Philly cheesesteaks and an apostrophe are at the heart of a legal dustup between a Philadelphia area restaurant and the U.S. Patent and Trademark Office.
Campo's Deli is suing over the right to trademark "Philadelphia's Cheesesteak," following the the ultimate rejection of its 2009 application that was contested into March of this year.
The U.S. Patent and Trademark office rebuffed Campo's Deli's claims on the grounds that it was too similar to the generic and widely used "Philadelphia Cheesesteak." Meanwhile, Courthouse News reports that Campo's Deli claims their own sandwich is "so superlative" and "gloriously gluttonous" that it deserves a trademark in its own right:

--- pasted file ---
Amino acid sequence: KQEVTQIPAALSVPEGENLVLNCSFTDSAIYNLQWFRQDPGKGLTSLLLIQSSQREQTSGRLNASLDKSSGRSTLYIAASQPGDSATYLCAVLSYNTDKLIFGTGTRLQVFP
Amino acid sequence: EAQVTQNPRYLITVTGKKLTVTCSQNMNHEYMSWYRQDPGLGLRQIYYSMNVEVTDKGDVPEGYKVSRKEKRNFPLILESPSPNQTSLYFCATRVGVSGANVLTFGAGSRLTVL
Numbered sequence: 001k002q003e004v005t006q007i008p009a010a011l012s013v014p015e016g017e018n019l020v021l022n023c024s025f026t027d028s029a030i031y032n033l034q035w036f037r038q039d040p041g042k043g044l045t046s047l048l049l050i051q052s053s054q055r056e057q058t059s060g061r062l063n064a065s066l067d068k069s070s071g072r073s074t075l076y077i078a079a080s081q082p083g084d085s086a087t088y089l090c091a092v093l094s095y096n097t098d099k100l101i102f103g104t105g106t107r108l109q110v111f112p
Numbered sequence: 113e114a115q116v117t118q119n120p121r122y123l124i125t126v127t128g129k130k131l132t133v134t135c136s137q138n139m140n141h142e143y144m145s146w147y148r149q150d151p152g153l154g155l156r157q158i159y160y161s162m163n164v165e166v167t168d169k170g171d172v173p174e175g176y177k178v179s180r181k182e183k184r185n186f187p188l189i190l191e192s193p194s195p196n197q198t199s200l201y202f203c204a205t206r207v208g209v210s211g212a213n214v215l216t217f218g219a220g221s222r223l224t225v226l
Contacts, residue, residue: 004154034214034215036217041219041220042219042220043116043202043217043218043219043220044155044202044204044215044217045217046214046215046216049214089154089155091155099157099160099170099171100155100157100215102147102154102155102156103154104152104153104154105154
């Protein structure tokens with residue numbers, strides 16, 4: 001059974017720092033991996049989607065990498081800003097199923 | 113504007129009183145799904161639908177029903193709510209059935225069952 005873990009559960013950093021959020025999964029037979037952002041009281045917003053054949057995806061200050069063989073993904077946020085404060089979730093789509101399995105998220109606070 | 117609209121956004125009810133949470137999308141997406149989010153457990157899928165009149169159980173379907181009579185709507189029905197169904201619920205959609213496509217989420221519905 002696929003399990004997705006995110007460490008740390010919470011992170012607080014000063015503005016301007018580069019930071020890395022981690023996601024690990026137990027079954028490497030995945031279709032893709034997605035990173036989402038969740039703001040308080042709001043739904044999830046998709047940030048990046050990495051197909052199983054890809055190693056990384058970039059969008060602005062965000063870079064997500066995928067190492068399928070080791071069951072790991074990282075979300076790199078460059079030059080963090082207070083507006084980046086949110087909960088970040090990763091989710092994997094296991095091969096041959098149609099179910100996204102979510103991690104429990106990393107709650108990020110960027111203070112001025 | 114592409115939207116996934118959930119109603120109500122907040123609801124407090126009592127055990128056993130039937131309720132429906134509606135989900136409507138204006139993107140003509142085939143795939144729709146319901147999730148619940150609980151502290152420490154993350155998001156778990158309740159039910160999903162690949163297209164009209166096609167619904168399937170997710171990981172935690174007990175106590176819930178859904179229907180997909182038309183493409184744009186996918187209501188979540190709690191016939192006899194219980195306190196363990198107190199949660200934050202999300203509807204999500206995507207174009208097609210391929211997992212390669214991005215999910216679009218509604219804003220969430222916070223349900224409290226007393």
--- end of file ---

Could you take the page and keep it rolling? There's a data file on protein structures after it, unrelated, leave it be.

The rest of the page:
...the Campos insist, in their 4-page complaint: "Plaintiff's mark is, first and foremost, the description of a particular kind of sandwich of a particular quality or standard - a sandwich so superlative, it could only be called 'Philadelphia's Cheesesteak.' "Plaintiff's mark is not, in any sense, an attempt to improperly control the phrase 'Philadelphia Cheesesteak,' which is, by contrast, a generic term to describe a generic kind of sandwich.
Why can't Campo's Deli just name its sandwich something else? In their suit, the owners claim they've been using the trademark since Jan. 1, 2009 at four retail outlets. They're also mulling franchising opportunities, and are eager to know what they'll be calling their sandwiches.
Campo's Deli's web site says that the eatery has started out as a grocery store in 1947 and is still operated by their descendants. A quick perusal of its online menu revealed that "Philadelphia's Cheesesteak" is not currently listed.